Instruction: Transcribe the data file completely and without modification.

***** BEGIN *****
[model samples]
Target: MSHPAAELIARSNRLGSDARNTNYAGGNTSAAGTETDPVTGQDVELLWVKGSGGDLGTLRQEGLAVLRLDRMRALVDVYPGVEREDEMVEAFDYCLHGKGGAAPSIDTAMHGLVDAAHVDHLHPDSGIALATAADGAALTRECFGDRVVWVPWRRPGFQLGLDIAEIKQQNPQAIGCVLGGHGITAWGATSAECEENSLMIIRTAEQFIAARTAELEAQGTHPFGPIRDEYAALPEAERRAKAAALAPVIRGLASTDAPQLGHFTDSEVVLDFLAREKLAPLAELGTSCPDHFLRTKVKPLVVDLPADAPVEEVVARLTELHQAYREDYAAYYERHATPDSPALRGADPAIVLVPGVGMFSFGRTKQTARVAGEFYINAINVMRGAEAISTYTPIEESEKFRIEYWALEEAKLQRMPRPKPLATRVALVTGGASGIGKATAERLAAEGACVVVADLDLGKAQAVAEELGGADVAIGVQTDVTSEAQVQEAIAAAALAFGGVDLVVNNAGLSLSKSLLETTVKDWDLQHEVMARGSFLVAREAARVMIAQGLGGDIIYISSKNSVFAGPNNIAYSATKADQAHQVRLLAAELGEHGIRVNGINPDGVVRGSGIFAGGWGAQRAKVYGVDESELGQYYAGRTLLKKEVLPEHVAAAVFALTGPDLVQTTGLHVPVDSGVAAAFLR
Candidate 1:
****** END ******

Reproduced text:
[model samples]
Target: MSHPAAELIARSNRLGSDARNTNYAGGNTSAAGTETDPVTGQDVELLWVKGSGGDLGTLRQEGLAVLRLDRMRALVDVYPGVEREDEMVEAFDYCLHGKGGAAPSIDTAMHGLVDAAHVDHLHPDSGIALATAADGAALTRECFGDRVVWVPWRRPGFQLGLDIAEIKQQNPQAIGCVLGGHGITAWGATSAECEENSLMIIRTAEQFIAARTAELEAQGTHPFGPIRDEYAALPEAERRAKAAALAPVIRGLASTDAPQLGHFTDSEVVLDFLAREKLAPLAELGTSCPDHFLRTKVKPLVVDLPADAPVEEVVARLTELHQAYREDYAAYYERHATPDSPALRGADPAIVLVPGVGMFSFGRTKQTARVAGEFYINAINVMRGAEAISTYTPIEESEKFRIEYWALEEAKLQRMPRPKPLATRVALVTGGASGIGKATAERLAAEGACVVVADLDLGKAQAVAEELGGADVAIGVQTDVTSEAQVQEAIAAAALAFGGVDLVVNNAGLSLSKSLLETTVKDWDLQHEVMARGSFLVAREAARVMIAQGLGGDIIYISSKNSVFAGPNNIAYSATKADQAHQVRLLAAELGEHGIRVNGINPDGVVRGSGIFAGGWGAQRAKVYGVDESELGQYYAGRTLLKKEVLPEHVAAAVFALTGPDLVQTTGLHVPVDSGVAAAFLR
Candidate 1: